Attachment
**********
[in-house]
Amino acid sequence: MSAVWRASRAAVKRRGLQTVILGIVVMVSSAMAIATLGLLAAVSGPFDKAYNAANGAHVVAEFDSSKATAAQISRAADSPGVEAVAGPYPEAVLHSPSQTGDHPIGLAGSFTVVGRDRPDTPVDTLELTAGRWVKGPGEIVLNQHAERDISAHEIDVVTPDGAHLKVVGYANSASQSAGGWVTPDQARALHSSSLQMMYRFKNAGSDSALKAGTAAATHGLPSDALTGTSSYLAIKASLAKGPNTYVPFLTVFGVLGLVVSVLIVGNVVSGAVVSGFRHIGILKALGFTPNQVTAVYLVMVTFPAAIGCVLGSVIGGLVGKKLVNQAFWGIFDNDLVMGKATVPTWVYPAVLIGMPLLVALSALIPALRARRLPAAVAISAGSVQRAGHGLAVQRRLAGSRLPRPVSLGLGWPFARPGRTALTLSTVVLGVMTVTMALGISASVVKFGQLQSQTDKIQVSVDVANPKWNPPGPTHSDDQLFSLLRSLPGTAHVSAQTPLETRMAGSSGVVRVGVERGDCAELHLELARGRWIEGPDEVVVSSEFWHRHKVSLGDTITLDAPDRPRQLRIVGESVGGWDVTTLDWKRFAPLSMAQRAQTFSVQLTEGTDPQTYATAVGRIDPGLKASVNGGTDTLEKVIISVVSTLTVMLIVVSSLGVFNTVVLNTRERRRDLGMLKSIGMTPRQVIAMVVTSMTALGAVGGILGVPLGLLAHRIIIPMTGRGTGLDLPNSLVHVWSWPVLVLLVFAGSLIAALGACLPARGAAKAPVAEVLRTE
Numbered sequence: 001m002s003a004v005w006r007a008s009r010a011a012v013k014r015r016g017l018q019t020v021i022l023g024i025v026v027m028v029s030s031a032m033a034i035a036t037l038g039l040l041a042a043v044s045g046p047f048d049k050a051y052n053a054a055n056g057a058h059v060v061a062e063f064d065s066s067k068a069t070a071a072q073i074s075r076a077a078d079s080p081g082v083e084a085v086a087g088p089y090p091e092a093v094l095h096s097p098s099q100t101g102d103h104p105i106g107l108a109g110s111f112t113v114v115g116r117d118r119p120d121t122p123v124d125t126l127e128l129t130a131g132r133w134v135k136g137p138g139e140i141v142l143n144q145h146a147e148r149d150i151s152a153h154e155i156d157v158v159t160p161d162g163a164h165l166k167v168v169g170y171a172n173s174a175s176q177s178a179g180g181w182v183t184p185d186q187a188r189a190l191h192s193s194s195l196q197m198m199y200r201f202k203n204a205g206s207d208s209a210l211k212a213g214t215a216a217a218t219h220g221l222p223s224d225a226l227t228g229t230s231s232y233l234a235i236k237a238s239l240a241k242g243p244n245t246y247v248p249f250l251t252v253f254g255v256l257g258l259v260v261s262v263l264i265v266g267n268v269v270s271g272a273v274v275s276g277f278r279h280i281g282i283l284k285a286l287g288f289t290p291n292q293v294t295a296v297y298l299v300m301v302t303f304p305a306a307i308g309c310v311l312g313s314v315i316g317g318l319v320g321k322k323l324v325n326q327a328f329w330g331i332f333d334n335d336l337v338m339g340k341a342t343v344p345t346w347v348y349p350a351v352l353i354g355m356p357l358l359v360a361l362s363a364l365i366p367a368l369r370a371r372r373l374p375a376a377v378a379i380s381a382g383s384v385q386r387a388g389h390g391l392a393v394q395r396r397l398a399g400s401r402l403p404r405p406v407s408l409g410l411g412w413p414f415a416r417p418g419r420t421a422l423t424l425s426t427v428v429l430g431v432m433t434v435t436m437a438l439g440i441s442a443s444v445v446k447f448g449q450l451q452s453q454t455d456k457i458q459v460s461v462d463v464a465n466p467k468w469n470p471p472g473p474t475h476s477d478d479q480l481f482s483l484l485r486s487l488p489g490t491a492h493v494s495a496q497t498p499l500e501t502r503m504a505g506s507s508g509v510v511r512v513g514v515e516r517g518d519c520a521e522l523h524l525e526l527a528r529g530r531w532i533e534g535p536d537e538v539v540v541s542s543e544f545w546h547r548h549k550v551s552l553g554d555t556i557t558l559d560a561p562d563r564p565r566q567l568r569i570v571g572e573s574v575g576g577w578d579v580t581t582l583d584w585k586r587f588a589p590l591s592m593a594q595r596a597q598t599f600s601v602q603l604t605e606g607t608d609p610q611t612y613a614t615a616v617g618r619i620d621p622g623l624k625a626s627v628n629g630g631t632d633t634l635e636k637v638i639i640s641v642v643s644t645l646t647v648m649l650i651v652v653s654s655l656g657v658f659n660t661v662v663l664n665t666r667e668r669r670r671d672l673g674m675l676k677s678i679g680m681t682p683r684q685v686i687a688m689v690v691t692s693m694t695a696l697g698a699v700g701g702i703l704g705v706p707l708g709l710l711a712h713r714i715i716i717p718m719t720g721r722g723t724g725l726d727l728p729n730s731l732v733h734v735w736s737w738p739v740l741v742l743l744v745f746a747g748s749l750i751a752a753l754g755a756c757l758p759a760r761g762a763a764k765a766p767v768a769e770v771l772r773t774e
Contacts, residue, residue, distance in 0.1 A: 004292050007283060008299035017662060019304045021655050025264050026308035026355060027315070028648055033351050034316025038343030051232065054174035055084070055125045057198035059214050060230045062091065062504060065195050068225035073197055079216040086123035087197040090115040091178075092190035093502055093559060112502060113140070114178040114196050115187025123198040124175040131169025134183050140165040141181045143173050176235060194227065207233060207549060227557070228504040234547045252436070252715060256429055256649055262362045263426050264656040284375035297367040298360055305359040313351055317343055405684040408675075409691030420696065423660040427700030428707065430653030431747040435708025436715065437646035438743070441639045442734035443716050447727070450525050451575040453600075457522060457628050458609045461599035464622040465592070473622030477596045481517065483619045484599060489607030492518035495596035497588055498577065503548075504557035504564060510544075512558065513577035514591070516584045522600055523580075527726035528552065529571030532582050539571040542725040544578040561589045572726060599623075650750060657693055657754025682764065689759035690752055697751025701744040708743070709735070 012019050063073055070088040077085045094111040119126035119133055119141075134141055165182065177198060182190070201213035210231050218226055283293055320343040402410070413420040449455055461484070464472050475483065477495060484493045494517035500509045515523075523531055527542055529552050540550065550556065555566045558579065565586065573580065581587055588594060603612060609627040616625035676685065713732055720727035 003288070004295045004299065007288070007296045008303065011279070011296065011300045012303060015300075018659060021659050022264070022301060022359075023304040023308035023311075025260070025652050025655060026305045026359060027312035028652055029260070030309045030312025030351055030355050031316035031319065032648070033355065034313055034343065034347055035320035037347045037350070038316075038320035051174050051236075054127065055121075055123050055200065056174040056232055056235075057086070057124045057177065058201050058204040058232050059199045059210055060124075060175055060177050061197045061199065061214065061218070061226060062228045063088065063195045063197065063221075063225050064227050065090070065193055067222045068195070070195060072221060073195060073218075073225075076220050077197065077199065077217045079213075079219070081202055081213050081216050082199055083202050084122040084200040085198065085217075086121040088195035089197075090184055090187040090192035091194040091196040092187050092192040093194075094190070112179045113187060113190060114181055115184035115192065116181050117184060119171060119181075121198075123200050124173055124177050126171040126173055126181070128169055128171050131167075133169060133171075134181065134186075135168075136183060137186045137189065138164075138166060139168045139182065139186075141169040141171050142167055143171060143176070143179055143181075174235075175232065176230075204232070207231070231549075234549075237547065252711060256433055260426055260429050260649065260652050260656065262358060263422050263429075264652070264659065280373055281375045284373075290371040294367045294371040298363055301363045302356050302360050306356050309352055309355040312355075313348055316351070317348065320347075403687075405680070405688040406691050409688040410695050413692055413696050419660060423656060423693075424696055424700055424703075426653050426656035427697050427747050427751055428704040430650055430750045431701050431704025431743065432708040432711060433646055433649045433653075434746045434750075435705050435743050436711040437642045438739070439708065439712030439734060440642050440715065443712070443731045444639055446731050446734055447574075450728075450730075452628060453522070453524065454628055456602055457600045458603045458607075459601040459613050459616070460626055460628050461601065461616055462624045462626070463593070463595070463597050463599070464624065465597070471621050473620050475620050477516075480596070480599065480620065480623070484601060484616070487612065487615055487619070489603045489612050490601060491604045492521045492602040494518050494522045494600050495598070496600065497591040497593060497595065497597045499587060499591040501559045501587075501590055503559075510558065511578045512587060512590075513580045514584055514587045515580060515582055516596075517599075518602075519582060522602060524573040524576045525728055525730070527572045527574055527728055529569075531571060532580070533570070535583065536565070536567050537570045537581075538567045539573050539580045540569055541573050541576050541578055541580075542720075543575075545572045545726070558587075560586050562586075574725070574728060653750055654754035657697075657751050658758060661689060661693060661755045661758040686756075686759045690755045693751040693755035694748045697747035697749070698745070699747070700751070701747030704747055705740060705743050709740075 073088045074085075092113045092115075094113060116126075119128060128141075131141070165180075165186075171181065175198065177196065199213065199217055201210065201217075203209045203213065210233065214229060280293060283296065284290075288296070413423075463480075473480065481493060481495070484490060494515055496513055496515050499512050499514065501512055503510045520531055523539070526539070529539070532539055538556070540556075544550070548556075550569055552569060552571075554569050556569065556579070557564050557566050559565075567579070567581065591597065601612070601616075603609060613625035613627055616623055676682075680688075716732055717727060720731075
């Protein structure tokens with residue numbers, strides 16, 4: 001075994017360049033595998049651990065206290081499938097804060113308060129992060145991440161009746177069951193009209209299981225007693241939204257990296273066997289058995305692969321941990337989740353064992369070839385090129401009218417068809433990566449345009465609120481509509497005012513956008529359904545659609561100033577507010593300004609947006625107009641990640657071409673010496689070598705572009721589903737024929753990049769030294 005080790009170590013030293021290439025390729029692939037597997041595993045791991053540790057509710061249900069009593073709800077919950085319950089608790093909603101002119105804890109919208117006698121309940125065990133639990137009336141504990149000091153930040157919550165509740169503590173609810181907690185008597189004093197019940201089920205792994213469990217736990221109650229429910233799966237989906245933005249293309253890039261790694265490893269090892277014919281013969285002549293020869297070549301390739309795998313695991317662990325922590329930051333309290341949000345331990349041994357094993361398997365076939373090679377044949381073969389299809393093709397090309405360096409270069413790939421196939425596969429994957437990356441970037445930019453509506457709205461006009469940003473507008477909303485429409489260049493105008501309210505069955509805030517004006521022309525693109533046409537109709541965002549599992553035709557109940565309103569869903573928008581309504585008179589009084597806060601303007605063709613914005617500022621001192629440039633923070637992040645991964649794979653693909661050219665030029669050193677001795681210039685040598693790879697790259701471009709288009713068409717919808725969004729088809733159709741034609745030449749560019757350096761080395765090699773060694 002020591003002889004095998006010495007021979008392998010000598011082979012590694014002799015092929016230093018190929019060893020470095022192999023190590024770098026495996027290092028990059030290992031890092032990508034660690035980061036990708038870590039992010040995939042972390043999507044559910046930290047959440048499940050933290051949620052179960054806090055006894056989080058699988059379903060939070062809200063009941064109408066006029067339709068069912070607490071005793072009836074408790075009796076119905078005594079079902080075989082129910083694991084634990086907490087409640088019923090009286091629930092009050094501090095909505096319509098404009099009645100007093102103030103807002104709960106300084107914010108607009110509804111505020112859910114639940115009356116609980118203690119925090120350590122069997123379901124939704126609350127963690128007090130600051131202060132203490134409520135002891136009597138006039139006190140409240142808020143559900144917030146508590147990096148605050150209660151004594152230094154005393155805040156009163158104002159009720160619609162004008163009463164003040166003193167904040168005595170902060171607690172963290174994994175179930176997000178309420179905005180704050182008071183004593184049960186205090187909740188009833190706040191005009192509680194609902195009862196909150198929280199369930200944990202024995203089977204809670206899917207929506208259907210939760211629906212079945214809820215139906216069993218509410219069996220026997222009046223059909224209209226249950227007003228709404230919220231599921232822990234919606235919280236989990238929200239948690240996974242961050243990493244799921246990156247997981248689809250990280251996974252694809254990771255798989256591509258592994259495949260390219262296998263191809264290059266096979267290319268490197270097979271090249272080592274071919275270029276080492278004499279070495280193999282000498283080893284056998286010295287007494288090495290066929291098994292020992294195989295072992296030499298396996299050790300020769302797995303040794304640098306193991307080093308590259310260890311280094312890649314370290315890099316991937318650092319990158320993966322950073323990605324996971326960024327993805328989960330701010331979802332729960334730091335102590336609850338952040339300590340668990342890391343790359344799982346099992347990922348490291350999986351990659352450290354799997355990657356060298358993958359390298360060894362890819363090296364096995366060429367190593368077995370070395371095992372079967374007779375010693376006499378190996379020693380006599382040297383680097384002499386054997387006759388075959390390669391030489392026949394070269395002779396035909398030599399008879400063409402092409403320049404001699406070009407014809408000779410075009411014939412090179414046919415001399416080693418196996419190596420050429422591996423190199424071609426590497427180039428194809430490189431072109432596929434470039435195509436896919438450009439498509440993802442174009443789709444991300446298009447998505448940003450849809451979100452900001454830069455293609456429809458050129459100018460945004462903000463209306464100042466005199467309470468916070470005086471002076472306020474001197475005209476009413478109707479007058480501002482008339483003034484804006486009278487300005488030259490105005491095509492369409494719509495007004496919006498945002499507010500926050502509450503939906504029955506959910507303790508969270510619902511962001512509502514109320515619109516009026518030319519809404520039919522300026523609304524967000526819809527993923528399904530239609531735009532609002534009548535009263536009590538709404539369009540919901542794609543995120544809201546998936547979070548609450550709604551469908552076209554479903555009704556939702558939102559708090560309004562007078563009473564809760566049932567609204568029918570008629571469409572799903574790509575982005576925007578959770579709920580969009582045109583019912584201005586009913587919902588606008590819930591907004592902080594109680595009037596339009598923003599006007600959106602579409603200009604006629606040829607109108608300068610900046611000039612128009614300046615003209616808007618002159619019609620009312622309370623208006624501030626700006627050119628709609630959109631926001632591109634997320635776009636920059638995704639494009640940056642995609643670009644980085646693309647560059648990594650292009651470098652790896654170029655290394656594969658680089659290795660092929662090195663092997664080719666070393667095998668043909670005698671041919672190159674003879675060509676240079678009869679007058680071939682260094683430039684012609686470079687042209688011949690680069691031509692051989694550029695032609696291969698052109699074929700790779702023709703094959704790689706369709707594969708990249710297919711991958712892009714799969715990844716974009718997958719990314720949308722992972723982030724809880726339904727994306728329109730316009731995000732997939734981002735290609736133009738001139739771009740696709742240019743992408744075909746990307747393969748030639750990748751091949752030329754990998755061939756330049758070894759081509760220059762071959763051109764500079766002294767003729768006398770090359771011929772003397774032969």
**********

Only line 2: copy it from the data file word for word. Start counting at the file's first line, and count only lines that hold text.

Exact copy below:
Amino acid sequence: MSAVWRASRAAVKRRGLQTVILGIVVMVSSAMAIATLGLLAAVSGPFDKAYNAANGAHVVAEFDSSKATAAQISRAADSPGVEAVAGPYPEAVLHSPSQTGDHPIGLAGSFTVVGRDRPDTPVDTLELTAGRWVKGPGEIVLNQHAERDISAHEIDVVTPDGAHLKVVGYANSASQSAGGWVTPDQARALHSSSLQMMYRFKNAGSDSALKAGTAAATHGLPSDALTGTSSYLAIKASLAKGPNTYVPFLTVFGVLGLVVSVLIVGNVVSGAVVSGFRHIGILKALGFTPNQVTAVYLVMVTFPAAIGCVLGSVIGGLVGKKLVNQAFWGIFDNDLVMGKATVPTWVYPAVLIGMPLLVALSALIPALRARRLPAAVAISAGSVQRAGHGLAVQRRLAGSRLPRPVSLGLGWPFARPGRTALTLSTVVLGVMTVTMALGISASVVKFGQLQSQTDKIQVSVDVANPKWNPPGPTHSDDQLFSLLRSLPGTAHVSAQTPLETRMAGSSGVVRVGVERGDCAELHLELARGRWIEGPDEVVVSSEFWHRHKVSLGDTITLDAPDRPRQLRIVGESVGGWDVTTLDWKRFAPLSMAQRAQTFSVQLTEGTDPQTYATAVGRIDPGLKASVNGGTDTLEKVIISVVSTLTVMLIVVSSLGVFNTVVLNTRERRRDLGMLKSIGMTPRQVIAMVVTSMTALGAVGGILGVPLGLLAHRIIIPMTGRGTGLDLPNSLVHVWSWPVLVLLVFAGSLIAALGACLPARGAAKAPVAEVLRTE